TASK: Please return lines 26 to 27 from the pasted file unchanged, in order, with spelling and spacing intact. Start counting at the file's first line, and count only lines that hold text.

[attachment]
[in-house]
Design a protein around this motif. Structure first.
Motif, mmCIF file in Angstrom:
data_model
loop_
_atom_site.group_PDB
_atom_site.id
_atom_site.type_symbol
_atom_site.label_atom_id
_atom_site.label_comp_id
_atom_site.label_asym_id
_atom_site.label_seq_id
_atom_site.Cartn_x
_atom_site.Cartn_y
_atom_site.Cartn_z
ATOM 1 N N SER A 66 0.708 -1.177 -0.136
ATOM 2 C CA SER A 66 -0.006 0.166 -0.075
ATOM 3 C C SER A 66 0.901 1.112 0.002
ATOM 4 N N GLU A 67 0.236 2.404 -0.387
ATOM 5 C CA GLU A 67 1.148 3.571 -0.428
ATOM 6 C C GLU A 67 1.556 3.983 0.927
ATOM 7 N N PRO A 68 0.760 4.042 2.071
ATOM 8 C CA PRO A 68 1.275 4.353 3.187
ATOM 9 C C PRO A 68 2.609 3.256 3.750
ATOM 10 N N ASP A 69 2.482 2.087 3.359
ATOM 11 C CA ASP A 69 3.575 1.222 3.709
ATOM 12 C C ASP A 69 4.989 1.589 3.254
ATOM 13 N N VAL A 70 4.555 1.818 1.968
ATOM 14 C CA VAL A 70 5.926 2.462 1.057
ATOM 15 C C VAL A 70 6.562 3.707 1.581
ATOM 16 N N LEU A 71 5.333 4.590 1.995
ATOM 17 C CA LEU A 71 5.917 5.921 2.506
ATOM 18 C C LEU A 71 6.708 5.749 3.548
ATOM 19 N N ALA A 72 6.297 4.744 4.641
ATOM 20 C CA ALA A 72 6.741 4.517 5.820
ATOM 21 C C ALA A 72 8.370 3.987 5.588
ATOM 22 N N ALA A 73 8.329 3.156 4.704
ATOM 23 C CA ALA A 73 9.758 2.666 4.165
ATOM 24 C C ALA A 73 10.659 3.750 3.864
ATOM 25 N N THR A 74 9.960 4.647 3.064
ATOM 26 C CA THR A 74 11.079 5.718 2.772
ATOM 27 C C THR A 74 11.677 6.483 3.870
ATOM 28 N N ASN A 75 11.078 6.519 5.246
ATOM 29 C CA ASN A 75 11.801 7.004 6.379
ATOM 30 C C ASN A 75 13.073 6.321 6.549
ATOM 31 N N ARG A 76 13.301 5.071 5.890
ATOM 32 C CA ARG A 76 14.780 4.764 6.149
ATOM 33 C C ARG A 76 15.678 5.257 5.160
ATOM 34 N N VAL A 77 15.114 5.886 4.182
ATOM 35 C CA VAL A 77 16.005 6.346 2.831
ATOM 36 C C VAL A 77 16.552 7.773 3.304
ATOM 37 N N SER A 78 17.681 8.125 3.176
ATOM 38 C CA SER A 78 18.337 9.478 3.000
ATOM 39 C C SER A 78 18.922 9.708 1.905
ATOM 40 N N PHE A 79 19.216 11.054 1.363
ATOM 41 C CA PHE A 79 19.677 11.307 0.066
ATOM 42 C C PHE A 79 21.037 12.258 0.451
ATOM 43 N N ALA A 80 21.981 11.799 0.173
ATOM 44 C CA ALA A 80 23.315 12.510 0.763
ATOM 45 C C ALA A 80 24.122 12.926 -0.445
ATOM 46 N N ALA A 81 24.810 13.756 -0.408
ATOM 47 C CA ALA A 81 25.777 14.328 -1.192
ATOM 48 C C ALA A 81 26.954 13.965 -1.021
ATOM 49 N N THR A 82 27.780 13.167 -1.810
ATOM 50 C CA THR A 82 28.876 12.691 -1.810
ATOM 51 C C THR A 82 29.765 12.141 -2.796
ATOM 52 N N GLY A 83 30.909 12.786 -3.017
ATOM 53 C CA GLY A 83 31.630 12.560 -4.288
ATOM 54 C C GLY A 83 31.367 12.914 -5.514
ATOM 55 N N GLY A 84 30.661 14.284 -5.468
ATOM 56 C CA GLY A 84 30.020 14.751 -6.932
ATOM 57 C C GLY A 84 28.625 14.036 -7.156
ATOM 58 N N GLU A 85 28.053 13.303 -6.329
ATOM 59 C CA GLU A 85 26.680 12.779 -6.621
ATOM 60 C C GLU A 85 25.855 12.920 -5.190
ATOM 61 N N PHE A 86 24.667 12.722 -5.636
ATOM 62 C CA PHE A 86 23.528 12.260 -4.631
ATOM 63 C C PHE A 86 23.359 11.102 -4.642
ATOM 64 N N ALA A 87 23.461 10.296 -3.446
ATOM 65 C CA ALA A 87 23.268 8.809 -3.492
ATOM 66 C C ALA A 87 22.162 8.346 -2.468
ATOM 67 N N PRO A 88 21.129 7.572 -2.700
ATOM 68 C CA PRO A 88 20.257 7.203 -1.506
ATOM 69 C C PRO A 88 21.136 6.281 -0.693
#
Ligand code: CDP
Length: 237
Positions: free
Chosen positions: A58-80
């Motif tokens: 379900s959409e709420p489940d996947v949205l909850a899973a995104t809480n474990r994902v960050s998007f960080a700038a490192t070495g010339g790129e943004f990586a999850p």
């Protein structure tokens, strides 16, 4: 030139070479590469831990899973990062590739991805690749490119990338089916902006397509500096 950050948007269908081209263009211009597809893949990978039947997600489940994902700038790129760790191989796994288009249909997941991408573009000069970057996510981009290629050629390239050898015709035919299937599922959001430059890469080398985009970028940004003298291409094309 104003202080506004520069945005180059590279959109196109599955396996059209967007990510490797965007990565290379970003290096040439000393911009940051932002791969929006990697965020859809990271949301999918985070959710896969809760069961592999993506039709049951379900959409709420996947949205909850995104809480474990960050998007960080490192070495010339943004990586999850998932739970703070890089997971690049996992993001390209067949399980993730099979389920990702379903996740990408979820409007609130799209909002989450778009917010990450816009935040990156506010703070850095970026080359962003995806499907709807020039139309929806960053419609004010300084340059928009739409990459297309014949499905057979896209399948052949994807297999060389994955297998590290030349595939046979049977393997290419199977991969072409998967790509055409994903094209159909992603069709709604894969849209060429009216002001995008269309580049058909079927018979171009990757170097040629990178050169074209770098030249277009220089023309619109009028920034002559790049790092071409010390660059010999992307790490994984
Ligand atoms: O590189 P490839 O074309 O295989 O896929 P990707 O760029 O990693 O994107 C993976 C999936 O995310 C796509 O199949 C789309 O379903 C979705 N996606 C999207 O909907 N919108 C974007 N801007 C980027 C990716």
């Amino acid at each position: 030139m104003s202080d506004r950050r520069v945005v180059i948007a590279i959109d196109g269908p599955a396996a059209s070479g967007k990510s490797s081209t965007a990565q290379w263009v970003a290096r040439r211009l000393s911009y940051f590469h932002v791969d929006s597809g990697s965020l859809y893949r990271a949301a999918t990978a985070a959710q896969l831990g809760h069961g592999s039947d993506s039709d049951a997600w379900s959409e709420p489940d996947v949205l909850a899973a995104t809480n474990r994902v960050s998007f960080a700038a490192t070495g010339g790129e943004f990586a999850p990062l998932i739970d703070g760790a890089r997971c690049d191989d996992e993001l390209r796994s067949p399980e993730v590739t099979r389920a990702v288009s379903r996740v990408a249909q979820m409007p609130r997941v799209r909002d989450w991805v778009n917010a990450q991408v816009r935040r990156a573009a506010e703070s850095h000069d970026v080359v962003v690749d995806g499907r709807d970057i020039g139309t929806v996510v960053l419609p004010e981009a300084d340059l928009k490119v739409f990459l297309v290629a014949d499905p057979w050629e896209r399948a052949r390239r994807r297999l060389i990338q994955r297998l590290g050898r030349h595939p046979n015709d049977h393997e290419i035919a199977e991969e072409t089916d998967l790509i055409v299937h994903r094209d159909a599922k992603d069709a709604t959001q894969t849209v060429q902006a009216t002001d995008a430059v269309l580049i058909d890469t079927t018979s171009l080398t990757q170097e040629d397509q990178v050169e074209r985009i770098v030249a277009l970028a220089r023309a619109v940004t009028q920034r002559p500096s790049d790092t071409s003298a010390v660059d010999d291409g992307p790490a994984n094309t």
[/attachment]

ATOM 11 C CA ASP A 69 3.575 1.222 3.709
ATOM 12 C C ASP A 69 4.989 1.589 3.254